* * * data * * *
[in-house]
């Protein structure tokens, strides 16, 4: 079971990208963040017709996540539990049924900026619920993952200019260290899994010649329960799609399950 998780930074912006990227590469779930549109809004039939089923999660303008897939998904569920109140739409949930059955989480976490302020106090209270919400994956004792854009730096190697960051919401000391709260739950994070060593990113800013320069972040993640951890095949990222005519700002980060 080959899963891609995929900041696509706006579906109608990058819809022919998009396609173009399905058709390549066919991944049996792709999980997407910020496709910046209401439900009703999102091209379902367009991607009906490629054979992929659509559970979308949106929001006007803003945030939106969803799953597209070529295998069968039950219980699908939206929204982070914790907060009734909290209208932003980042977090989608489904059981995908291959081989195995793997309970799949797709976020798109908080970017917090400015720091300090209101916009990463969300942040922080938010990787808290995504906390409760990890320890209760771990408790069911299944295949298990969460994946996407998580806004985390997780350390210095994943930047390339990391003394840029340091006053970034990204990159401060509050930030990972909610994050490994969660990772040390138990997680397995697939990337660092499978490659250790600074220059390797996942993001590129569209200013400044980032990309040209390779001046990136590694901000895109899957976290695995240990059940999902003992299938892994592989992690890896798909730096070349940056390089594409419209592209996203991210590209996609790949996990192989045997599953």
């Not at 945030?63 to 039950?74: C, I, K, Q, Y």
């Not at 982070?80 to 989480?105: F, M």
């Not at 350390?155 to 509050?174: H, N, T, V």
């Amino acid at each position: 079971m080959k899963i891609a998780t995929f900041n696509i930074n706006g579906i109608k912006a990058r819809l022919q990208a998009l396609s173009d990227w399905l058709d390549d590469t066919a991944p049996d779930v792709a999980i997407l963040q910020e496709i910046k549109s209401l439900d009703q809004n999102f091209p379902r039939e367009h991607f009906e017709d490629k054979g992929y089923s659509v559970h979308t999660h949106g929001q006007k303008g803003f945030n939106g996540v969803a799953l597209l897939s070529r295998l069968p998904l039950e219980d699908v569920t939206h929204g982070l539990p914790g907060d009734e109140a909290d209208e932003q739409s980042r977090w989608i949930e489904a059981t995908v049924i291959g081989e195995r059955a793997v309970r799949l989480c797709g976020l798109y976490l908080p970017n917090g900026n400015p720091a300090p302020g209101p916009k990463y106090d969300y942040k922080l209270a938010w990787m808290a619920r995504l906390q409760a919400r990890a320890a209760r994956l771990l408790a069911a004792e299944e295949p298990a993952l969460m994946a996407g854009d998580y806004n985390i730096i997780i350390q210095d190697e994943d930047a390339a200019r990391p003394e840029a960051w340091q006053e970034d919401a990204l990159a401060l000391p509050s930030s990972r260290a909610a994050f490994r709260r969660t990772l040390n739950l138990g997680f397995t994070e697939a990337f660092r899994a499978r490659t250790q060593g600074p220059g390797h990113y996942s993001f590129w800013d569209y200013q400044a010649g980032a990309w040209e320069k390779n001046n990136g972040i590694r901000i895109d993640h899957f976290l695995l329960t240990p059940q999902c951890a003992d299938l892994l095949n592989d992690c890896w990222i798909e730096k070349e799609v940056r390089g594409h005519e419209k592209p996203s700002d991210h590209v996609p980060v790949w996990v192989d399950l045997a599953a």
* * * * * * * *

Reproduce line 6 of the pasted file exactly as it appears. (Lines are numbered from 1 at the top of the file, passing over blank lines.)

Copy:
């Amino acid at each position: 079971m080959k899963i891609a998780t995929f900041n696509i930074n706006g579906i109608k912006a990058r819809l022919q990208a998009l396609s173009d990227w399905l058709d390549d590469t066919a991944p049996d779930v792709a999980i997407l963040q910020e496709i910046k549109s209401l439900d009703q809004n999102f091209p379902r039939e367009h991607f009906e017709d490629k054979g992929y089923s659509v559970h979308t999660h949106g929001q006007k303008g803003f945030n939106g996540v969803a799953l597209l897939s070529r295998l069968p998904l039950e219980d699908v569920t939206h929204g982070l539990p914790g907060d009734e109140a909290d209208e932003q739409s980042r977090w989608i949930e489904a059981t995908v049924i291959g081989e195995r059955a793997v309970r799949l989480c797709g976020l798109y976490l908080p970017n917090g900026n400015p720091a300090p302020g209101p916009k990463y106090d969300y942040k922080l209270a938010w990787m808290a619920r995504l906390q409760a919400r990890a320890a209760r994956l771990l408790a069911a004792e299944e295949p298990a993952l969460m994946a996407g854009d998580y806004n985390i730096i997780i350390q210095d190697e994943d930047a390339a200019r990391p003394e840029a960051w340091q006053e970034d919401a990204l990159a401060l000391p509050s930030s990972r260290a909610a994050f490994r709260r969660t990772l040390n739950l138990g997680f397995t994070e697939a990337f660092r899994a499978r490659t250790q060593g600074p220059g390797h990113y996942s993001f590129w800013d569209y200013q400044a010649g980032a990309w040209e320069k390779n001046n990136g972040i590694r901000i895109d993640h899957f976290l695995l329960t240990p059940q999902c951890a003992d299938l892994l095949n592989d992690c890896w990222i798909e730096k070349e799609v940056r390089g594409h005519e419209k592209p996203s700002d991210h590209v996609p980060v790949w996990v192989d399950l045997a599953a």